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Give Up GitHub!

published icon  |  category icon software

tags icon open source self-hosted

Give Up GitHub!—a clear message that the Software Freedom Conservancy started spreading to open source software (FOSS) developers on 29 June via https://giveupgithub.org. Why? The whole story is available on their website, but the gist is that recently, GitHub yet again proved that they don’t really care about FOSS, or about the privacy or licensing choices of their users. Their newest product called GitHub Copilot is “trained on billions of lines of code, GitHub Copilot turns natural language prompts into coding suggestions across dozens of languages.”, as the landing page suggests. That is, they used your code, with or without your consent, and while it used to be FOSS, now it’s converted into a closed-source product you have to pay for. If you have a repository hosted on GitHub, I urge you to read what the Conservancy has to say about this.

I presume many of you have looked into leaving GitHub after the Microsoft acquisition in 2018. I did so too, but it was too hard, I wasn’t in that place yet, and didn’t possess the needed knowledge of tools that could make the transition easier. I do now (a bit more), and after encountering the giveupgithub.org link at several places last week, I finally made an effort.

I left GitHub. The result is https://git.brainbaking.com/.

It’s far from perfect, and it’s not GitHub. The problem is that GitHub has become ubiquitous for git—our computing students think that GitHub is git, while the power of it lies in its decentralizing capabilities, not its centralized ones. Still, GitHub has steadily added layers upon layers of superb user experiences such as:

  1. A pleasant web-based UI to work with;
  2. A boatload of repo-based statistics built-in with little effort to add more;
  3. A boatload of yearly global statistics on popular tools, frameworks, and languages;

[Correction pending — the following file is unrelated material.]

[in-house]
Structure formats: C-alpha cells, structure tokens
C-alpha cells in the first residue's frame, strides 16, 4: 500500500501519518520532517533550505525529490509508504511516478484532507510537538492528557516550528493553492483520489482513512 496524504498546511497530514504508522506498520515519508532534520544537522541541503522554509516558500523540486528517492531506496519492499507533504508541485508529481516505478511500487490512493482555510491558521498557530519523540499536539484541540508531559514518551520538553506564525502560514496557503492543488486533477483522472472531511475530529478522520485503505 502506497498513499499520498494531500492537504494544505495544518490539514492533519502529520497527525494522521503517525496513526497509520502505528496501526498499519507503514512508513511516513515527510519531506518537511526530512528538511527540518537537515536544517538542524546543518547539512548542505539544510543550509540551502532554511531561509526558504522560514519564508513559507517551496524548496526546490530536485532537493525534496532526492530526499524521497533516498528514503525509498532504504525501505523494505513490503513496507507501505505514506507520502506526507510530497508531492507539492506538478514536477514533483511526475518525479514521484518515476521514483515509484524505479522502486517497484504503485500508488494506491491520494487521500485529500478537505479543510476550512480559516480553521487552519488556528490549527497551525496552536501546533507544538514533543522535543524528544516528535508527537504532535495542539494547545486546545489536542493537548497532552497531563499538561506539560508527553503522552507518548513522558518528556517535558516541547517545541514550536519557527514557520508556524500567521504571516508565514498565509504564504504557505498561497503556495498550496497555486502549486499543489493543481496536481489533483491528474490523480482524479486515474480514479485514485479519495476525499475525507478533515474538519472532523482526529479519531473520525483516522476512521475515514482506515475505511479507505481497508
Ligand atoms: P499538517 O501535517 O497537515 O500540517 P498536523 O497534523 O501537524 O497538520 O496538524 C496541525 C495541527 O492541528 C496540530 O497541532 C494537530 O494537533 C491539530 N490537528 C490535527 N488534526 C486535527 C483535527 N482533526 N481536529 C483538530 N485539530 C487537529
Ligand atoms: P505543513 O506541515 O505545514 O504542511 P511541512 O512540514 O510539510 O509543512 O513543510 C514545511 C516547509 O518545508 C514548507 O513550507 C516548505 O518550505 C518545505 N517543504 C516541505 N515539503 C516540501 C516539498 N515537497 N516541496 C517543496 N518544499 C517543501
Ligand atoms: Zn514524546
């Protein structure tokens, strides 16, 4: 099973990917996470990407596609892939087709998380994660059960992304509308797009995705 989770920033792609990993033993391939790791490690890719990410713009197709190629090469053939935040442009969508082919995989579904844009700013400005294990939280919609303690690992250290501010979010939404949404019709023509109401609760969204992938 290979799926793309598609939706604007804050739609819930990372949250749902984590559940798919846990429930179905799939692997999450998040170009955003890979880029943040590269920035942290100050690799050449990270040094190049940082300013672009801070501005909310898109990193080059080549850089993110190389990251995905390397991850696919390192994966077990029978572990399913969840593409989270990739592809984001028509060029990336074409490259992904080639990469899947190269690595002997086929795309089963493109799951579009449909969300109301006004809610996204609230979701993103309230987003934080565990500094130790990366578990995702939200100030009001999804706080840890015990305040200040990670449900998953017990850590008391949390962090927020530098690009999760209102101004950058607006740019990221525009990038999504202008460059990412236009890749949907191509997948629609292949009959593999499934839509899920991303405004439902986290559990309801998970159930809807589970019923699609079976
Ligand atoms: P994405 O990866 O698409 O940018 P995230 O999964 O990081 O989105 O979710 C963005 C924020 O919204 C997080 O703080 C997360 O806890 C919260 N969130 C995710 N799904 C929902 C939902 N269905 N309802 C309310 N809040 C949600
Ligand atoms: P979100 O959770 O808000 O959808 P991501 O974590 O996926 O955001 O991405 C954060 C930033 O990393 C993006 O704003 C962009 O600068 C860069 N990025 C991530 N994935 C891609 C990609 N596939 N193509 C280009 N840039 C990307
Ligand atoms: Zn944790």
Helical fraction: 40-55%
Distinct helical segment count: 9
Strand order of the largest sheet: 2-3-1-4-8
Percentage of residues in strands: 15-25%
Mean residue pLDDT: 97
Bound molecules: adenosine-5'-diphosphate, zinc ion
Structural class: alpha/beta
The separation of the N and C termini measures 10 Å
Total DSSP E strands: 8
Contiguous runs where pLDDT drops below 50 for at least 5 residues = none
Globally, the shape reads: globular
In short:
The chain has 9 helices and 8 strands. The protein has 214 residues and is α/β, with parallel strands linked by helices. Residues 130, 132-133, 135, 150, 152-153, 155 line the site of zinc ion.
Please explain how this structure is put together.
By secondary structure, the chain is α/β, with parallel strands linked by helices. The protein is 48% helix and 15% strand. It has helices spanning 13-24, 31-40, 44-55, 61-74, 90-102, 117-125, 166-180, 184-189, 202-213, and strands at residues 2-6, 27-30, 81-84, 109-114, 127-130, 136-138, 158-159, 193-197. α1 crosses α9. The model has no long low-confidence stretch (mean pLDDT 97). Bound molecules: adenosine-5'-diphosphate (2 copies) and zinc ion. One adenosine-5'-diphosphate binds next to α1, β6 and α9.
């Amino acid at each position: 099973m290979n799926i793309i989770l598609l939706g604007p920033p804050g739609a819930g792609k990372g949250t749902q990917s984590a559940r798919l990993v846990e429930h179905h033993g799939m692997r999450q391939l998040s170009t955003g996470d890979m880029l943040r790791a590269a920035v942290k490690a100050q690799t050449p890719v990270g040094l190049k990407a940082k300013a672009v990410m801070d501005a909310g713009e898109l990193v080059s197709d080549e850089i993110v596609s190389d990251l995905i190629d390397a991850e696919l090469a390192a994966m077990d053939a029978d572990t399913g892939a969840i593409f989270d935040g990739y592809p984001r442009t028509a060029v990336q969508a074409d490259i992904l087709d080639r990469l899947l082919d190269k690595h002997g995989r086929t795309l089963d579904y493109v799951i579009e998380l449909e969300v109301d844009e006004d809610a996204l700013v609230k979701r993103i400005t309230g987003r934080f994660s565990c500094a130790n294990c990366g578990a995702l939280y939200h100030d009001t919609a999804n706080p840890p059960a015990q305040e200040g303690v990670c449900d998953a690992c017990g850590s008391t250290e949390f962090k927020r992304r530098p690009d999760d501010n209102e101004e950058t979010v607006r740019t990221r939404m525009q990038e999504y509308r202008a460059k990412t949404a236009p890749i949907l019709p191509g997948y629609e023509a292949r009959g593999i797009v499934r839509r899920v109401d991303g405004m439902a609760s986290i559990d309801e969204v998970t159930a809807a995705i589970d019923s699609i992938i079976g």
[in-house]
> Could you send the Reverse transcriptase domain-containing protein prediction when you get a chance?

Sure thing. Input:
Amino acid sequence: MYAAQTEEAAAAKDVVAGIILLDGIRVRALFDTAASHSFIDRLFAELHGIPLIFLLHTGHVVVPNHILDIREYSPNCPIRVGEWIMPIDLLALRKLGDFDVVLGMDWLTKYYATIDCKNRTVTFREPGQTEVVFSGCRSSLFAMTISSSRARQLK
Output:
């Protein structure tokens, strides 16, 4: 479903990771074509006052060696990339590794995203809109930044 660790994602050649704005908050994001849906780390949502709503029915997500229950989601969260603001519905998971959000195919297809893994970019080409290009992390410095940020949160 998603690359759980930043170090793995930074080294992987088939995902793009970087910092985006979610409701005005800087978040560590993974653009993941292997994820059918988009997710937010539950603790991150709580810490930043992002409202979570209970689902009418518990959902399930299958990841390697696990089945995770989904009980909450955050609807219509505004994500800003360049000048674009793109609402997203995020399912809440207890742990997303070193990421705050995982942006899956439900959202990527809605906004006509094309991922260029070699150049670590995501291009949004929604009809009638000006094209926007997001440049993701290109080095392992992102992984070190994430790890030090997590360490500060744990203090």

4. Continuous Integration (CI) capabilities;
  5. GitHub Pages that can serve static websites;
  6. Artifact release repositories with automatic storage;
  7. The possibility to financially support repo maintainers;
  8. Tools upon tools upon tools, such as GitHub Classroom which I do use for lab assignments;
  9. Above all: a vibrant community.

What are the alternatives? There are a couple of viable options, but none of them offer everything GitHub has to offer (for “free!” if we forget that both our usage and code data is being processed for profit). GitLab is the main competitor to GitHub and is another “enterprise-level” heavyweight that aims to provide as much functionality as possible. I have limited experience with it, but I’ve encountered many rants of other users complaining about the speed and amount of weird bugs. Without self-hosting such an instance, in a few years, it’ll become the next GitHub, so no thanks.

Source Hut is a “hacker’s forge”, they claim—the next Source Forge, yay! Remember what happened with Source Forge? It suddenly went closed source. People fled. It died. Right. Anyway, Source Hut seems to come with a lot of interesting features such as powerful CI features, including SSH access. What’s more, it doesn’t require contributors to register an account. Patch reviews and issues can be discussed using mailing lists. As for where it’s hosted: somewhere in the US, sr.ht is a LLC. I’m all for mailing lists when interacting with hundreds of developers, but for my own small projects, it seems overkill, and the UI is less intuitive than Gitea-clones.

Codeberg is essentially a Gitea-powered hosted solution that welcomes free software and is a German non-profit organization with servers hosted in the EU. At the moment, CI integration—one of the prime reasons for me to lean towards a hosted solution—is very wonky and based on a fork of Drone. What eventually turned me to other solutions is the weird https://join.codeberg.org/ page where “dues” (financial membership support) have to be selected. I don’t mind paying at all but that page feels confusing (read: amateurish) and if at the time of writing Codeberg offers little extra besides a Gitea instance, I’ll pass.

Gitea is “Git with a cup of tea”, or “a painless self-hosted Git service” (there are hosting options available). It’s essentially a single binary that’ll get you setup in no-time, provided you choose SQLite as your back-end database (again, other options are available). THe UI is obviously inspired by what GitHub does. The downside is that Gitea is a Git server coated with an easy-going UI—it’s not a statistic generator, CI server, artifact repository, … So yeah, I do miss that: now I have to install a Drone instance that builds and runs my Go tests.